I first met Jyoti Basu in the mid-1970s, before he became Chief Minister of West Bengal, to discuss my plans for the integrated development of the Sunderbans, with possible support from the International Fund for Agricultural Development (IFAD), and for increasing wheat production in West Bengal during the boro season. What impressed me the most in his approach was his advice that the people of Sunderbans should be fully involved both in the development of the plan and its implementation. No wonder on becoming the Chief Minister, he gave the highest priority to land reform and Panchayati Raj system of grassroot governance leading to the achievement of Gram Swaraj, a goal which was also very dear to Mahatma Gandhi. The involvement of ordinary people in the governance system is one of his lasting contributions.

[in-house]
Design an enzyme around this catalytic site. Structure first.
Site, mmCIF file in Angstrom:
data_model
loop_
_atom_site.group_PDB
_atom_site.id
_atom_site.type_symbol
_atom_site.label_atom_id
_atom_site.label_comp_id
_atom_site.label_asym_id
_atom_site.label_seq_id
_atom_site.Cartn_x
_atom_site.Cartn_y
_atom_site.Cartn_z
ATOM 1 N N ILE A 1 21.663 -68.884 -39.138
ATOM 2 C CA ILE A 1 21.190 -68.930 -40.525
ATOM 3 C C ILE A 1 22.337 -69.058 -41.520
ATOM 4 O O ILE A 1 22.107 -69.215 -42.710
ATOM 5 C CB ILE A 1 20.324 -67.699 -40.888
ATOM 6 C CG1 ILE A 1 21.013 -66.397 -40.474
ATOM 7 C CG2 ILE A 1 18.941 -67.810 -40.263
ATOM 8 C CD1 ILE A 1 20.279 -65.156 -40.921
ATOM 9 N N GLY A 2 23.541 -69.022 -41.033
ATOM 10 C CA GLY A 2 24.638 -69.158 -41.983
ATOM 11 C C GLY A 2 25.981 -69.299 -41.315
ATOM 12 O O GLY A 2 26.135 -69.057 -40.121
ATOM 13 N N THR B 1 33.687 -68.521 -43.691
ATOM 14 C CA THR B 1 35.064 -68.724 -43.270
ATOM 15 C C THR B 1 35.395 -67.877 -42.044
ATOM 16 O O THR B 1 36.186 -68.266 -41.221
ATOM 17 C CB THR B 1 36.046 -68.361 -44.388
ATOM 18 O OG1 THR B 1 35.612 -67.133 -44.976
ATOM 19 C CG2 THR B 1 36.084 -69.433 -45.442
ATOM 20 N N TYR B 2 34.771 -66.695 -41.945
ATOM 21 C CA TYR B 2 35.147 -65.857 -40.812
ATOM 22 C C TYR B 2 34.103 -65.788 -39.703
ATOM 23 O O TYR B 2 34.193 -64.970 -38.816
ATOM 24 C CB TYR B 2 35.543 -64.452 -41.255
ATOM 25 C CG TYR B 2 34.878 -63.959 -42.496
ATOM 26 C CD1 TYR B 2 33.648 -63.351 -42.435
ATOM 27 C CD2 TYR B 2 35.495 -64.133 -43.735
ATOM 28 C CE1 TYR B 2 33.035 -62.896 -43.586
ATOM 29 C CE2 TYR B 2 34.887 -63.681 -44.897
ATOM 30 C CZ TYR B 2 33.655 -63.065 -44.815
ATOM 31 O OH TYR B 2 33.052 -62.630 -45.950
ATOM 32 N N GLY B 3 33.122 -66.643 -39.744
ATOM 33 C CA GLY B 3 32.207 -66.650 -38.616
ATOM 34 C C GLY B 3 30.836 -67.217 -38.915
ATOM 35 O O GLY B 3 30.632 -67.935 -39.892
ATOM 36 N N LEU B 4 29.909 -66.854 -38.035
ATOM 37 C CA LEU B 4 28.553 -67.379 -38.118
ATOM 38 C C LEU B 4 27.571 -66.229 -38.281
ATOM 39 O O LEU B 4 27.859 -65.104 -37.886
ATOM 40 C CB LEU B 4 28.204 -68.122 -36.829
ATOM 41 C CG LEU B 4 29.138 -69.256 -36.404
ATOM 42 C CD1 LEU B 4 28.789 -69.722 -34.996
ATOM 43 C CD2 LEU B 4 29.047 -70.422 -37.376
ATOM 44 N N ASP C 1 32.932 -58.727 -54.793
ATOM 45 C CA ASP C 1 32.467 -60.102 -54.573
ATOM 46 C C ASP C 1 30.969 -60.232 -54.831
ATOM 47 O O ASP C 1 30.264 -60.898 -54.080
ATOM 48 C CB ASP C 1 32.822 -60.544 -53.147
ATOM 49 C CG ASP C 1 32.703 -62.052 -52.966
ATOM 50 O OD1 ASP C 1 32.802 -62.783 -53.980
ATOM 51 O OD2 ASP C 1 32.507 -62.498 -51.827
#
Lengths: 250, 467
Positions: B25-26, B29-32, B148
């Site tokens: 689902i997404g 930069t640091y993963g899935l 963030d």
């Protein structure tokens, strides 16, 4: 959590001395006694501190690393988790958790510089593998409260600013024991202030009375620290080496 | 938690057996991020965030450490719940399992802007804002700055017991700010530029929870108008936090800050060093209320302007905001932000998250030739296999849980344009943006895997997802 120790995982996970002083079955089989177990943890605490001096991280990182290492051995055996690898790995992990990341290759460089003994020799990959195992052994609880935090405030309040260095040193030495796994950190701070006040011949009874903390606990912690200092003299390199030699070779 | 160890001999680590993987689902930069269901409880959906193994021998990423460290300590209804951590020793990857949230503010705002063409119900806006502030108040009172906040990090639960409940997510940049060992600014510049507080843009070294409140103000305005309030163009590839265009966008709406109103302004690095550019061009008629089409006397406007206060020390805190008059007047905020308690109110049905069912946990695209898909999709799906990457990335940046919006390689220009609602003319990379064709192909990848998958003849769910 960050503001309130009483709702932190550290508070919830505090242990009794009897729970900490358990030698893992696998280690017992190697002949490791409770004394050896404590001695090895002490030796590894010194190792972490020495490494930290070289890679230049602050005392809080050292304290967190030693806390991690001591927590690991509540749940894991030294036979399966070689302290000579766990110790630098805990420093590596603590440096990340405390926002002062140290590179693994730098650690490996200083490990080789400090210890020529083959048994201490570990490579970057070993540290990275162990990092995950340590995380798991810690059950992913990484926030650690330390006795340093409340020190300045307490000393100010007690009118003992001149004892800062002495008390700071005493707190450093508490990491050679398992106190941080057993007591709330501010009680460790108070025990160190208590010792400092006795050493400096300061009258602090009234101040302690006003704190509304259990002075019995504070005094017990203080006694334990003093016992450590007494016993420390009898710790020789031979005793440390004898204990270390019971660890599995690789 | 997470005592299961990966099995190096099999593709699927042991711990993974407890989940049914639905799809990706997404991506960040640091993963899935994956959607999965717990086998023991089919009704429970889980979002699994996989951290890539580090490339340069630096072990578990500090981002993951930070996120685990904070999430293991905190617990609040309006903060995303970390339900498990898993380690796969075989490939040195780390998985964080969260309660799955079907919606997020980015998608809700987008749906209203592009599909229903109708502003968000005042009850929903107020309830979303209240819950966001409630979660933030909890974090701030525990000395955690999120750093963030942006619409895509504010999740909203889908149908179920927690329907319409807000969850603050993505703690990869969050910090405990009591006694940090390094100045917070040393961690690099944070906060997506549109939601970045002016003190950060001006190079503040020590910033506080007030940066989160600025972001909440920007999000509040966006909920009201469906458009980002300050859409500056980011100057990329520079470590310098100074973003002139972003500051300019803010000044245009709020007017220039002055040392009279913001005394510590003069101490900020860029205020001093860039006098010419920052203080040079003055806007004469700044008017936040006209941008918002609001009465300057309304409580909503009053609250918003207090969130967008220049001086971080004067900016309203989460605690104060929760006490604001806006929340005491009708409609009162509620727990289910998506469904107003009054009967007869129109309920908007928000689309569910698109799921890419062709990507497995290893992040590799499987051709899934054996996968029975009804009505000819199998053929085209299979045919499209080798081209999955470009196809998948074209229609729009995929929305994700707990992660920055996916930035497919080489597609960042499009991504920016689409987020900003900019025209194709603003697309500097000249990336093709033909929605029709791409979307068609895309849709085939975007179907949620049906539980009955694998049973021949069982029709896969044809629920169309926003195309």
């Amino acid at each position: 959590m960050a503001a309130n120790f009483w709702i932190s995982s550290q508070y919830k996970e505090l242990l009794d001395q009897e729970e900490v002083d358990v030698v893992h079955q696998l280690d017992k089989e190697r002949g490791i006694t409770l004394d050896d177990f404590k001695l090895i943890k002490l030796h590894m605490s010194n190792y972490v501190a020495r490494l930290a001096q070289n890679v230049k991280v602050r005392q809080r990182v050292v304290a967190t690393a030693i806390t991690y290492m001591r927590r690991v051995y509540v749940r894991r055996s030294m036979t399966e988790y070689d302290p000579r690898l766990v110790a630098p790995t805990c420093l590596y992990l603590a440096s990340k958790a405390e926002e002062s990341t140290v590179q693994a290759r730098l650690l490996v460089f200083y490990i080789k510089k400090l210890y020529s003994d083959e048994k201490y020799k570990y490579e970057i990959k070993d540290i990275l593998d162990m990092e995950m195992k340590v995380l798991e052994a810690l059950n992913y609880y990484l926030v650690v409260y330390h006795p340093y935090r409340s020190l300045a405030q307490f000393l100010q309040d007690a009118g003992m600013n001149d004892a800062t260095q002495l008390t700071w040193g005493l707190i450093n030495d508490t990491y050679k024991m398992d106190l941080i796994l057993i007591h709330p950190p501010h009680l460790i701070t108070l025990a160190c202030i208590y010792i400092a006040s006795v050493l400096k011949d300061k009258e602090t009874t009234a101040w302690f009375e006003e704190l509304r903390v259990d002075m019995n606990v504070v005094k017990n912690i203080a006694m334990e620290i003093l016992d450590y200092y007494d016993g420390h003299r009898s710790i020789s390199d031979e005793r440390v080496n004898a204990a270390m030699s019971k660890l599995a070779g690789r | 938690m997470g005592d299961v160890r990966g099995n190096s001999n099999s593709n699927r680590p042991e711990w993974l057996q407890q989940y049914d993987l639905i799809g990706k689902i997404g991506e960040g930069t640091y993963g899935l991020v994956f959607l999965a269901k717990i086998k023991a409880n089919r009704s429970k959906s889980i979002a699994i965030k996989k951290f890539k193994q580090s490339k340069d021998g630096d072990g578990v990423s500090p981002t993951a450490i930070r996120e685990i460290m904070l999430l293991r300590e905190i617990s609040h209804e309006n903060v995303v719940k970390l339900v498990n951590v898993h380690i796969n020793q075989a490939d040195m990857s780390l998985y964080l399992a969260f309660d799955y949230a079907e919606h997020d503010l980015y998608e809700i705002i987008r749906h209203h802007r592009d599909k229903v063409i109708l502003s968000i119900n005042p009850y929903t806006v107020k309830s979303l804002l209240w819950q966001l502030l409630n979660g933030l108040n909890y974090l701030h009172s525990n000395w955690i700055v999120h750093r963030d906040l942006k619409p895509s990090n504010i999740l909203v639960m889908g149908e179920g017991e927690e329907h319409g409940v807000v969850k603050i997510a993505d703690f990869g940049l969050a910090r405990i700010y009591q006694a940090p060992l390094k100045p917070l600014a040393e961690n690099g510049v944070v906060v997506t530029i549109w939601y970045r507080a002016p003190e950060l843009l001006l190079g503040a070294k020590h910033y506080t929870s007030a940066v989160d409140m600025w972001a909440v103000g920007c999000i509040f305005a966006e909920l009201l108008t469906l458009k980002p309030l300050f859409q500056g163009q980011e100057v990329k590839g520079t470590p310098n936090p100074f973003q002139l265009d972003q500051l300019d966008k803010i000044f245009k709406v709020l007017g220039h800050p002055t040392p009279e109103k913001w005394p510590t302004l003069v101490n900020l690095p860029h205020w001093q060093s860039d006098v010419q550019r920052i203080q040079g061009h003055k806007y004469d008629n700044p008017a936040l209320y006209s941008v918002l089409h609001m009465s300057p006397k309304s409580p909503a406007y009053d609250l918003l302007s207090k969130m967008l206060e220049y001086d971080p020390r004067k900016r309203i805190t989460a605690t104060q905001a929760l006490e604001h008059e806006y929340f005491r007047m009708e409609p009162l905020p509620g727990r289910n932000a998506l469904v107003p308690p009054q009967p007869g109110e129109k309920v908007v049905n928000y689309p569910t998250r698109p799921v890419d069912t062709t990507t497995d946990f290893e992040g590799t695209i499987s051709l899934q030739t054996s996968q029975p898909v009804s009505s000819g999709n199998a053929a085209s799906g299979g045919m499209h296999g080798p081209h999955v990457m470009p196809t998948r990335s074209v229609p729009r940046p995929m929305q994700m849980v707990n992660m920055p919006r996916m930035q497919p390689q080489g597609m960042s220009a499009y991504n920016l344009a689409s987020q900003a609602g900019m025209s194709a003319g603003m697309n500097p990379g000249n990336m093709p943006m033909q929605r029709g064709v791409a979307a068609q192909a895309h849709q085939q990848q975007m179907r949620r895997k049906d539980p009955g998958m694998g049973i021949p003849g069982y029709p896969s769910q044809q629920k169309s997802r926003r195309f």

Jyoti Basu identified that the pathway to poverty eradication was asset-building, since the poor are poor because they have no assets such as land, livestock and a non-farm job. He addressed the fundamental issue of asset creation through land reform.
Even now, his basic approach to poverty eradication through asset reform and community development is the most meaningful pathway to ensuring adequate social protection. India’s future has to be built on the foundation of social protection of the economically and socially handicapped sections. This is Jyoti Basu’s enduring legacy.